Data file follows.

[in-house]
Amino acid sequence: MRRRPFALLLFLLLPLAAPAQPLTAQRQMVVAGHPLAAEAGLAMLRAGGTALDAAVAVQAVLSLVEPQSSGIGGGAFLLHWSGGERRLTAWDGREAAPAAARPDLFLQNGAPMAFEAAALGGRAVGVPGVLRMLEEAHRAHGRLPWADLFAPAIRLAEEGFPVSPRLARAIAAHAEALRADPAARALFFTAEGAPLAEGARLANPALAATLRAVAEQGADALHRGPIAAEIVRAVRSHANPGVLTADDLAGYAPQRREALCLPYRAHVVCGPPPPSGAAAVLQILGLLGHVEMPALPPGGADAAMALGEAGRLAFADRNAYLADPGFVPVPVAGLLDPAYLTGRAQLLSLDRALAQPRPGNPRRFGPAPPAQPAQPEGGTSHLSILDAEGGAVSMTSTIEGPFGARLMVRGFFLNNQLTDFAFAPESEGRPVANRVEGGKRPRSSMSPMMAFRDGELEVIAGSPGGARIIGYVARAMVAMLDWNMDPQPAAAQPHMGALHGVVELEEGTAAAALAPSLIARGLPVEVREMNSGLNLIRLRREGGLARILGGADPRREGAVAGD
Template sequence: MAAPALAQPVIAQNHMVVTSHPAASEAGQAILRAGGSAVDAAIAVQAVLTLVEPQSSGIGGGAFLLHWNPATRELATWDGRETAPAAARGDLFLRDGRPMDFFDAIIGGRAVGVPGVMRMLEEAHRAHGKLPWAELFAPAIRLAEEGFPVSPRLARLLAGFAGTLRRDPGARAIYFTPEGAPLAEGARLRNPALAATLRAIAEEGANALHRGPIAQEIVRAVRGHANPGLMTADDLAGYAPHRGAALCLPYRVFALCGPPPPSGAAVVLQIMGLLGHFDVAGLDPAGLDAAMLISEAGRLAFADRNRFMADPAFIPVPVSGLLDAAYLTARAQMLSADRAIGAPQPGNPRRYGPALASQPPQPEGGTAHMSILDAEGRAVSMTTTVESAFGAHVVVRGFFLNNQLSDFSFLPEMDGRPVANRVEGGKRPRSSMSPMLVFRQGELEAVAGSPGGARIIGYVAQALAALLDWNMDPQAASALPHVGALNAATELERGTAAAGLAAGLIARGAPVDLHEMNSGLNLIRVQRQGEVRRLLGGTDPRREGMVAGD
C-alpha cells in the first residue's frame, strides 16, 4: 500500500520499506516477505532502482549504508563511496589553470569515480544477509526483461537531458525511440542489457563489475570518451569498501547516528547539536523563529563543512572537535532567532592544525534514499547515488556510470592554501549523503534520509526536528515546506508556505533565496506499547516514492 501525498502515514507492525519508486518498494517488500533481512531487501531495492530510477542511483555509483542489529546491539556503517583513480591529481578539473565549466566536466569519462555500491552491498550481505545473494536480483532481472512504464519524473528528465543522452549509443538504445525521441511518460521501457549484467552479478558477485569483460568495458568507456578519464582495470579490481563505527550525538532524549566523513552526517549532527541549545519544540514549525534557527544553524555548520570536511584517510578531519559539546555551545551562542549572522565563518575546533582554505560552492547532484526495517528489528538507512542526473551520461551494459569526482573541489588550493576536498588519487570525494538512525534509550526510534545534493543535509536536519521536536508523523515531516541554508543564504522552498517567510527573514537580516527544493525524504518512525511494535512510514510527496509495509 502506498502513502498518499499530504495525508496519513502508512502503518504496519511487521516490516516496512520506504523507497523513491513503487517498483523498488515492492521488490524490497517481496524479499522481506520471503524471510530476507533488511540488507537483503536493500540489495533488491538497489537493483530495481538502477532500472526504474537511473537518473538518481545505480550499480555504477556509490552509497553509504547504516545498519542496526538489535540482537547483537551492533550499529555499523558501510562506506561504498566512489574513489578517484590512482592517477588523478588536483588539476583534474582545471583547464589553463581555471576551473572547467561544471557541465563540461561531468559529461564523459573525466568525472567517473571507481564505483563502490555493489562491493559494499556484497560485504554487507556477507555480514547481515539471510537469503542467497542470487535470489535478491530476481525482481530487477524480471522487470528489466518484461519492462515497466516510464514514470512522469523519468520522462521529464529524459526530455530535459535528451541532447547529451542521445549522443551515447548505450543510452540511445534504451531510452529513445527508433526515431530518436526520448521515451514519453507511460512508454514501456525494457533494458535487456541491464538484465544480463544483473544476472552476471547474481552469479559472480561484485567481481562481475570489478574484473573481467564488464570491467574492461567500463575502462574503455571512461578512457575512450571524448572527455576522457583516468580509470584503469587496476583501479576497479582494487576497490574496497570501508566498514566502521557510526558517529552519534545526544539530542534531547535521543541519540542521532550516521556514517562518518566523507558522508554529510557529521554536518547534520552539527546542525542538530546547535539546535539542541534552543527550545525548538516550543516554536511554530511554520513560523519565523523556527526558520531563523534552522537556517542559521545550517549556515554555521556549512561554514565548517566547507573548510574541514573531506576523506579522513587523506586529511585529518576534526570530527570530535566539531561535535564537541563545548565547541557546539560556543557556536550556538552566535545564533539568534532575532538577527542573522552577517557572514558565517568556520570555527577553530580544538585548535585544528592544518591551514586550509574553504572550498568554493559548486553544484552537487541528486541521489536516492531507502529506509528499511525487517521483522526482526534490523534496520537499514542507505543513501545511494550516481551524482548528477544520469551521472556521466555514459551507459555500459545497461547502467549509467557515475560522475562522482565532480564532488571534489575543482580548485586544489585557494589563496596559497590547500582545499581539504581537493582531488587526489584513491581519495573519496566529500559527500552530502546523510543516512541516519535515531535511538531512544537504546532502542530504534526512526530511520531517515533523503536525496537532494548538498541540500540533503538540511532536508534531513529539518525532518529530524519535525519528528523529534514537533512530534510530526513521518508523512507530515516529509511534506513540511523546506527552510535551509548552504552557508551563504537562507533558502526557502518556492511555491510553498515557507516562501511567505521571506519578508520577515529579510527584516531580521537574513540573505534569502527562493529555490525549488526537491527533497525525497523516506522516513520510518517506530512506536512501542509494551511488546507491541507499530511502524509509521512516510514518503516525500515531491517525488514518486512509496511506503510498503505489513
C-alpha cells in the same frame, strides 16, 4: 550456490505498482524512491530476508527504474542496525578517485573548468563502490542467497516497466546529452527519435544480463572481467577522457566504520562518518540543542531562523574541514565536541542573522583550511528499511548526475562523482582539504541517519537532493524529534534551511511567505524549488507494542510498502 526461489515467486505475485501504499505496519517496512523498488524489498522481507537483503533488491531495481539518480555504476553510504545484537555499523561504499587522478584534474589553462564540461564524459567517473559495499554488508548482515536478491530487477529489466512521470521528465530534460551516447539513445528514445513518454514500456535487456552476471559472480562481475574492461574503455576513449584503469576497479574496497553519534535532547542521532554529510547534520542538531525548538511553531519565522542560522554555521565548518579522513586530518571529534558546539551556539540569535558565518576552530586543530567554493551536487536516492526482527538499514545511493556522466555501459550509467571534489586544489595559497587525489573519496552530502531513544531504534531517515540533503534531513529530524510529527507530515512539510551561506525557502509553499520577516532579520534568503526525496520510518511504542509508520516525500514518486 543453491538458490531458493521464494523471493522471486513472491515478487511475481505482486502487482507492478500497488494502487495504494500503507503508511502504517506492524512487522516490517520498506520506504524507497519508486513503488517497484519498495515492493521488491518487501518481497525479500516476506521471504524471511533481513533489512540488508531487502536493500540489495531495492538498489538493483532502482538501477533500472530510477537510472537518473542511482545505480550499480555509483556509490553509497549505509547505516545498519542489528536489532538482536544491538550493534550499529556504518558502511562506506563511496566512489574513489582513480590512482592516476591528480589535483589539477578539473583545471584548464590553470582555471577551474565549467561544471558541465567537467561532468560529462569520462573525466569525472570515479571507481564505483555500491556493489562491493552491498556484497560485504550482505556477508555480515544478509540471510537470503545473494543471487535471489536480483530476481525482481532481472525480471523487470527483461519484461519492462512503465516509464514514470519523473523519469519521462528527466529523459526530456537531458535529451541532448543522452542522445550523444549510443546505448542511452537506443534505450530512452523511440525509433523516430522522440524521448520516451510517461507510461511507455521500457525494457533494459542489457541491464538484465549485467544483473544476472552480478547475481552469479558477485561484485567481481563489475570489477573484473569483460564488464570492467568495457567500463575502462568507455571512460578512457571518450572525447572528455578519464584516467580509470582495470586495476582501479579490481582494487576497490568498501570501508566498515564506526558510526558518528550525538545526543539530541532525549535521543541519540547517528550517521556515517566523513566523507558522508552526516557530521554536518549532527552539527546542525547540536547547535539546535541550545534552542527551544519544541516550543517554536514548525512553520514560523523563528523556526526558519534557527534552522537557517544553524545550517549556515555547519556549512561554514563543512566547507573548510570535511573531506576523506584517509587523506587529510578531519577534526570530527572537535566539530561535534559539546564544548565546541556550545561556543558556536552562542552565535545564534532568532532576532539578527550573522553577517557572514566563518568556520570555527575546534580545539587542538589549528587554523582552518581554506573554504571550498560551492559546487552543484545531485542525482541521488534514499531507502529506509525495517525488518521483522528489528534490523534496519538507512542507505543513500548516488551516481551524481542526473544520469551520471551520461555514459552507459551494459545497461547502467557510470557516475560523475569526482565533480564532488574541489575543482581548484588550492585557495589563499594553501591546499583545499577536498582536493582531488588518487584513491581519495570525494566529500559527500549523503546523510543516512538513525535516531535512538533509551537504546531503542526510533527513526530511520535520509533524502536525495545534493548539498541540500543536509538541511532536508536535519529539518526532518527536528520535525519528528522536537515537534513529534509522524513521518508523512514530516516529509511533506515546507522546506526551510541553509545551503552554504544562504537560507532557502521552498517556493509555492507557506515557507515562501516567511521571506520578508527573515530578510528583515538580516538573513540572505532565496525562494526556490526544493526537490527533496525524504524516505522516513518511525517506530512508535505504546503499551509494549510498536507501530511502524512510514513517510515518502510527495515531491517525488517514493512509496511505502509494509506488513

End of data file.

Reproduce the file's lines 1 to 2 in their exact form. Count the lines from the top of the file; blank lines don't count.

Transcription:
[in-house]
Amino acid sequence: MRRRPFALLLFLLLPLAAPAQPLTAQRQMVVAGHPLAAEAGLAMLRAGGTALDAAVAVQAVLSLVEPQSSGIGGGAFLLHWSGGERRLTAWDGREAAPAAARPDLFLQNGAPMAFEAAALGGRAVGVPGVLRMLEEAHRAHGRLPWADLFAPAIRLAEEGFPVSPRLARAIAAHAEALRADPAARALFFTAEGAPLAEGARLANPALAATLRAVAEQGADALHRGPIAAEIVRAVRSHANPGVLTADDLAGYAPQRREALCLPYRAHVVCGPPPPSGAAAVLQILGLLGHVEMPALPPGGADAAMALGEAGRLAFADRNAYLADPGFVPVPVAGLLDPAYLTGRAQLLSLDRALAQPRPGNPRRFGPAPPAQPAQPEGGTSHLSILDAEGGAVSMTSTIEGPFGARLMVRGFFLNNQLTDFAFAPESEGRPVANRVEGGKRPRSSMSPMMAFRDGELEVIAGSPGGARIIGYVARAMVAMLDWNMDPQPAAAQPHMGALHGVVELEEGTAAAALAPSLIARGLPVEVREMNSGLNLIRLRREGGLARILGGADPRREGAVAGD